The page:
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An Interview with Dustin Ferguson, Director of Meathook Massacre II

by Mike Haberfelner

October 2016

Films directed by Dustin Ferguson on (re)Search my Trash


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Your new movie Meathook Massacre II - in a few words, what is it about?


Meathook Massacre II picks up "10 years" after the events of the original film. We follow the final girl's twin brother as he tracks the killer down at a new hide-out and comes face-to-face with the meathook wielding maniac and his entire sadistic family!


Meathook Massacre II is of course a sequel to your own Meathook Massacre - so give us a quick rundown what that one's about, and what prompted you to make a sequel? And how closely related are first and second part, narratively?


The original film takes place in 1989 and was shot on S-VHS. It follows a group of 3 girls traveling to a Dragonsclaw concert only to encounter car trouble along the way. One by bloody one they each wander to a secluded old farmhouse containing a meathook-obsessed Killer. Needless to say, things get a little gory and no one really survives. The whole film was sort of a love letter to the original The Texas Chainsaw Massacre (1974). I wanted to make a serious but also "sleazy" slasher film that had a dated look, allowing me to create a "period piece". All my films are big throwbacks to the horror I grew up with, but this one in particular was a movie for "fans". At the time, I didn't anticipate doing a sequel, but it was left open-ended so once the film was released and started to grow a cult following it became obvious we should do another, only this time "bigger". It's a direct sequel, but picking up a decade later so this time around we shot it on HD and gave it a more "updated" late 90s/early 2000s look. It's since spawned an entire franchise with T-shirts, posters, a comic, a Nintendo game and a prequel film planned for next year!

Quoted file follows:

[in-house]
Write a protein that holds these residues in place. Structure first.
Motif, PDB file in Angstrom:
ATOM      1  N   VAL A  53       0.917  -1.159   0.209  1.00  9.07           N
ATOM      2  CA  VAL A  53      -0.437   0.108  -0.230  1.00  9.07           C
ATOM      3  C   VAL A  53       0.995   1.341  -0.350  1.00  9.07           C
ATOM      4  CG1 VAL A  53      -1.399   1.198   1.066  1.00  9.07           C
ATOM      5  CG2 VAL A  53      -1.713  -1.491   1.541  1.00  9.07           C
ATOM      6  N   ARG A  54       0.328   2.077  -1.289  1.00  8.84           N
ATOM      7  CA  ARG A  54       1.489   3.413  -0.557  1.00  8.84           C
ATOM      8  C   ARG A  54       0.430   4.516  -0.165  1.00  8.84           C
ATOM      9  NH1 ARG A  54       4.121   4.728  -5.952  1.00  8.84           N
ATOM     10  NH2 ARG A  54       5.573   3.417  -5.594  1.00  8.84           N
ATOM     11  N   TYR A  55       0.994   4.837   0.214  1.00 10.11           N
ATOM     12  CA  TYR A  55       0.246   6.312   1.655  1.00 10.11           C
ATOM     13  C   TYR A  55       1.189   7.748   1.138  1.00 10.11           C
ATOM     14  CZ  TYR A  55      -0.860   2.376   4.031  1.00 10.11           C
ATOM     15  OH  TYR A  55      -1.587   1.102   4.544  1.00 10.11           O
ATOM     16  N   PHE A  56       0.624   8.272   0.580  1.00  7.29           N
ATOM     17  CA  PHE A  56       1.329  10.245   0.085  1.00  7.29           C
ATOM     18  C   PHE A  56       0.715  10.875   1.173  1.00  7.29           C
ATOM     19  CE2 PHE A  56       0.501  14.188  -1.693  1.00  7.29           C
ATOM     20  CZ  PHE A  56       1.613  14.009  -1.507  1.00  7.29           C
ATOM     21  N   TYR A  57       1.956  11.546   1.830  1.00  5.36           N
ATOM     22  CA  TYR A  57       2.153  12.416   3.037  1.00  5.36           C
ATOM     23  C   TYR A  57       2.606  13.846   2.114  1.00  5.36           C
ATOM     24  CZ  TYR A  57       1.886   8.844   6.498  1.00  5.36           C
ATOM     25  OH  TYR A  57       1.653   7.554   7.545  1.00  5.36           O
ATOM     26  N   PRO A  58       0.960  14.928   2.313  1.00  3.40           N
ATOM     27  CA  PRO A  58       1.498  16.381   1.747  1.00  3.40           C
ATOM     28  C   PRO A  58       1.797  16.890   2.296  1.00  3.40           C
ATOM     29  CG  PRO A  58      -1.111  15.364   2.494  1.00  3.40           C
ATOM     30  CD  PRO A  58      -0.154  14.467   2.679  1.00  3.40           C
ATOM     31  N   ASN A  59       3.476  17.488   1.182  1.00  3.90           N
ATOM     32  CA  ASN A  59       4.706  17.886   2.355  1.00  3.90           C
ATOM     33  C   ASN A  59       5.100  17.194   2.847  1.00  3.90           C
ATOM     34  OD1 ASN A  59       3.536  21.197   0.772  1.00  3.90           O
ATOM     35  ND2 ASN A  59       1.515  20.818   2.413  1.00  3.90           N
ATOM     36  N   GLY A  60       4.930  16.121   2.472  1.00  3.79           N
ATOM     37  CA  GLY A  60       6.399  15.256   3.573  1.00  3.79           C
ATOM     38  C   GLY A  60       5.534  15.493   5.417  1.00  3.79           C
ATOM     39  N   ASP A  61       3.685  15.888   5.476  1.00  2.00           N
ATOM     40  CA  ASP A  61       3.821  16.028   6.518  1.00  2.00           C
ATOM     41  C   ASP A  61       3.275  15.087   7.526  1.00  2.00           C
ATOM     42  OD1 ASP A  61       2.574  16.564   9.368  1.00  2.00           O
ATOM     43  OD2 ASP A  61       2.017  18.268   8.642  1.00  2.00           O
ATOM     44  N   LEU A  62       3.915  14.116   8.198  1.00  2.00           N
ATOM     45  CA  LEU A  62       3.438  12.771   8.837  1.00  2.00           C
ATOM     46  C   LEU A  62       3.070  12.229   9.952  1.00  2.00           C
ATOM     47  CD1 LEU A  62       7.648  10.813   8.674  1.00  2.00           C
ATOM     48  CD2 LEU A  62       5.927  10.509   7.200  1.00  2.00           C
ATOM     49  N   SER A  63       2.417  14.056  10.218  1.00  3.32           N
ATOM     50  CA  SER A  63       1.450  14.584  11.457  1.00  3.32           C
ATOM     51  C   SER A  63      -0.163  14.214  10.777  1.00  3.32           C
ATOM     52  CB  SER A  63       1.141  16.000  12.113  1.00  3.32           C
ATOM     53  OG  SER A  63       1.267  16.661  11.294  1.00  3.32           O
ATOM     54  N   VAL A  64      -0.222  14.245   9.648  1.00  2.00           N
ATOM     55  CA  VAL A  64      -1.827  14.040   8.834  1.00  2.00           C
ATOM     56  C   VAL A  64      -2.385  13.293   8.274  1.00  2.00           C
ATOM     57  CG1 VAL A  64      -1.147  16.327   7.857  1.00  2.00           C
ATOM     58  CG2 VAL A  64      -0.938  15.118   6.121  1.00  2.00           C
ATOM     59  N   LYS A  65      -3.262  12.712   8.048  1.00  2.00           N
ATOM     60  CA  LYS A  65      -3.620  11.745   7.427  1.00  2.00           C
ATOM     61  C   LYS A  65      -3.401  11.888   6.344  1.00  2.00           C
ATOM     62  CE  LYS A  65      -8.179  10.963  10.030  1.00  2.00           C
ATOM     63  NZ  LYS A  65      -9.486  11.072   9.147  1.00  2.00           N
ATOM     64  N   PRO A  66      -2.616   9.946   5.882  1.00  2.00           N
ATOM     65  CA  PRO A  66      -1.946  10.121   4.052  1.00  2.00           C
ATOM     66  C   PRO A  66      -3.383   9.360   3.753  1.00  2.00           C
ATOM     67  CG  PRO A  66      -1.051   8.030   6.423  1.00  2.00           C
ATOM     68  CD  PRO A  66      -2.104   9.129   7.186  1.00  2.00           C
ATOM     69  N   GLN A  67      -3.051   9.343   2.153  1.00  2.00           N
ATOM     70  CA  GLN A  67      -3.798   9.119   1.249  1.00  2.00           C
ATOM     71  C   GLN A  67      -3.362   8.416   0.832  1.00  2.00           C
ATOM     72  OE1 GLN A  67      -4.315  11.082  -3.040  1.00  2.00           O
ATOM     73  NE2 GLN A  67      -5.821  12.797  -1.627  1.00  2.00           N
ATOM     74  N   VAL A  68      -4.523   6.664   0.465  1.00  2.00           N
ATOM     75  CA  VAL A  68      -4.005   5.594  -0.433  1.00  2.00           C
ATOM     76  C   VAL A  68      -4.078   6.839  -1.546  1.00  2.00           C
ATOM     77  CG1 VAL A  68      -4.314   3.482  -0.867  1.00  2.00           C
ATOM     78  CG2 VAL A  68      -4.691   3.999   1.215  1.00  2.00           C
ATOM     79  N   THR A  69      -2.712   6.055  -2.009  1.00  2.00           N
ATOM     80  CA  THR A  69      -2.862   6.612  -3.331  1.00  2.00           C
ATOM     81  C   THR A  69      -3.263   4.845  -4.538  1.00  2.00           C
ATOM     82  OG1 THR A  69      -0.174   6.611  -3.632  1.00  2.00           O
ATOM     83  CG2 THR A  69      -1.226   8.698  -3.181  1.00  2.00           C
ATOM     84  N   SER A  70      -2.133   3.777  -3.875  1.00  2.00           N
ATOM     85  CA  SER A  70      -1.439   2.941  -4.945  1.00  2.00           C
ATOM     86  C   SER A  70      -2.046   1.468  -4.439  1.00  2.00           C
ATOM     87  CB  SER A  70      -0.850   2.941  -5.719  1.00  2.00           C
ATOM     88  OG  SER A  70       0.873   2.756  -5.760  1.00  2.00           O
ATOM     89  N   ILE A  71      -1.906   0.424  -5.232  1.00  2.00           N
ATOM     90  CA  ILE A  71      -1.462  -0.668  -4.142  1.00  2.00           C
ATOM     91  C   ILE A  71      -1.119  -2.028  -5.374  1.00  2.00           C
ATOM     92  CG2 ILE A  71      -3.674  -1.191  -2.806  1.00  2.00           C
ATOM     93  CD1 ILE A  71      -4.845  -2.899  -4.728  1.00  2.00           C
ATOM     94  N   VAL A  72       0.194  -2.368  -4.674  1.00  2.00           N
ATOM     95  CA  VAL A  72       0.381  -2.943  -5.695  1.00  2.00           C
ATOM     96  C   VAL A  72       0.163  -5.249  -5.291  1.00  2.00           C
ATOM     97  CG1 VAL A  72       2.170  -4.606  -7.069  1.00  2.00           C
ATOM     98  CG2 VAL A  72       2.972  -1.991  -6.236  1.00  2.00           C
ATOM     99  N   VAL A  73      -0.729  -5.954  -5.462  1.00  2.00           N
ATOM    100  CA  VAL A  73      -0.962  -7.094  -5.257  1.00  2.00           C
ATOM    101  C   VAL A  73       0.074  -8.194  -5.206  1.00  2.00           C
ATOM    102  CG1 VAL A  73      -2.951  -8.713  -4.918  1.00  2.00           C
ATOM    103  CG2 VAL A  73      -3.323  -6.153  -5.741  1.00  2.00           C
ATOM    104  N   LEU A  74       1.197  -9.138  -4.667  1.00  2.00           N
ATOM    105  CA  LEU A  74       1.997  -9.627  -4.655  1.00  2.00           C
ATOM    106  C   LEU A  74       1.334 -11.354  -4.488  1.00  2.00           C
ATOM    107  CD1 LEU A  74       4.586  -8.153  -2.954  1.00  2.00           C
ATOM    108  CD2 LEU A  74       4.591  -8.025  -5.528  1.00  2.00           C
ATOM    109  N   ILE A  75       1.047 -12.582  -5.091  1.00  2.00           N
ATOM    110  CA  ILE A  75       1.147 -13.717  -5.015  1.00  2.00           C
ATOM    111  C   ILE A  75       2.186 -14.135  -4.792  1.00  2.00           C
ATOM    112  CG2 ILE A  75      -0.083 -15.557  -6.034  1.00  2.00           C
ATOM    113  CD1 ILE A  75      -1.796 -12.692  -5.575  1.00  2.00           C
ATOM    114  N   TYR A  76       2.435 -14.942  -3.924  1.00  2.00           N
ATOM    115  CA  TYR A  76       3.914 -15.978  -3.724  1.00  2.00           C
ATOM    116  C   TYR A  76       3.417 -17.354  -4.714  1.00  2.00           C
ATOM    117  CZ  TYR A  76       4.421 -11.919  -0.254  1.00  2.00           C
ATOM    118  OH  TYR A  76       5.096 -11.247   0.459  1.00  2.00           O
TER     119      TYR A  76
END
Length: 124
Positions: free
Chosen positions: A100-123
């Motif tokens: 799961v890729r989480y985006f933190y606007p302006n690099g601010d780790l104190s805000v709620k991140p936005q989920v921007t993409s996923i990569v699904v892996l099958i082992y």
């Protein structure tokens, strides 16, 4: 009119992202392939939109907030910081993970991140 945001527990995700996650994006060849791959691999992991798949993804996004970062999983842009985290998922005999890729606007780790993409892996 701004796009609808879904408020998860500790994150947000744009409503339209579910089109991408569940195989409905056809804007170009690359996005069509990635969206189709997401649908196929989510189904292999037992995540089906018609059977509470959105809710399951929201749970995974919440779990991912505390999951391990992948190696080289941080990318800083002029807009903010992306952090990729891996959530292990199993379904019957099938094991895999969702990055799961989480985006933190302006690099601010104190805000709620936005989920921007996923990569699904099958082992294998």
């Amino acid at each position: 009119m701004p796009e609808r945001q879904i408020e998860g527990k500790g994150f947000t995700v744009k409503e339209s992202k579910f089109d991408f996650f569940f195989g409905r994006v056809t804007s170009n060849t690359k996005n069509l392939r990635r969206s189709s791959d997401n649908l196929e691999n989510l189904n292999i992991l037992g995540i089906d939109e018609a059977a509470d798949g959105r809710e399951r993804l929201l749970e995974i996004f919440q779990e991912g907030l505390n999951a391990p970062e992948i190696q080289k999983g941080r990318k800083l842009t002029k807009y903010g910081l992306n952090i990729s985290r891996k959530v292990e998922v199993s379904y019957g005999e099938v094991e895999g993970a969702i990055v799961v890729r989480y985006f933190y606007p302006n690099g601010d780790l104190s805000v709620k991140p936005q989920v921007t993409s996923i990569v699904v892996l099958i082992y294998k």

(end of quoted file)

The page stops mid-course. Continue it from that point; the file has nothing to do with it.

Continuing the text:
(Other) sources of inspiration when dreaming up Meathook Massacre II?


Like how the original Meathook Massacre was inspired by The Texas Chainsaw Massacre, the 2nd film was inspired by its sequel. Like The Texas Chainsaw Massacre 2, we also feature a crazy, cannibalistic family living in an underground cavern. The film also draws elements from American Gothic (1989) with the "adult children" aspect and even House of 1000 Corpses (2003) as Mother Dawna's character is an homage to the late Karen Black as Mother Firefly. Also, the character of "Justin" was molded after Matthew McConaughey in Return of The Texas Chainsaw Massacre (1994). It's a giant hodgepodge of camp and terror and I think fans of the original are going to be pleasantly surprised by the new direction of this film.


Do talk about your movie's approach to horror for a bit!


I'm known for my "campy horror" approach and this is no exception. In fact, it may be one of my wildest films to date. The original movie was more serious and I wanted to keep that aspect of it, but I also wanted a more "cult horror" film approach, with campy one-liners, memorable characters and some really fitting music. I wanted something scary, but something fun and would make you want to watch it again when it's over. I think I achieved that. We got music by Velvet Acid Christ, Leaether Strip, Dragonsclaw and Rob Robinson did the score. What's a good horror film without a KILLER soundtrack?


Now the "massacre" part in your movie title implies quite some bloody nastiness - so what can you tell us about the gore effects in your movie?


There are some decent kills for sure. The original movie had all female victims with one male victim. This time, the tables are turned. It's all male victims with only one female. As Joe Bob Briggs likes to put it, here's the "Drive-In Totals":

1. Bloody Car Attack

2. Hook to the face

3. Meathook Hanging

4. Grandma's Rotted Corpse

5. Hook to the throat

6. Sexual Torture

7. Cannibal chow

8. Beartrap brutality

9. Caged human animal

10. Bloody Body Parts galore

11. Chest Stabbing

12. Body dragging


A few words about your overall directorial approach to your story at hand?


I just wanted to have fun. During production of part 1 I had a lot of things happening in my personal life that was making me depressed. The overall production experience felt rushed and stressful. I made the film I wanted to make, but felt it could use so much more story. That's what I wanted with part 2. I wanted to recreate the simpleness of the original while amping up the camp, gore and background of the characters.


As far as I know, Meathook Massacre II does feature a couple of genre favourites - so do talk about them for a bit, and how did you get them and what was working with them like?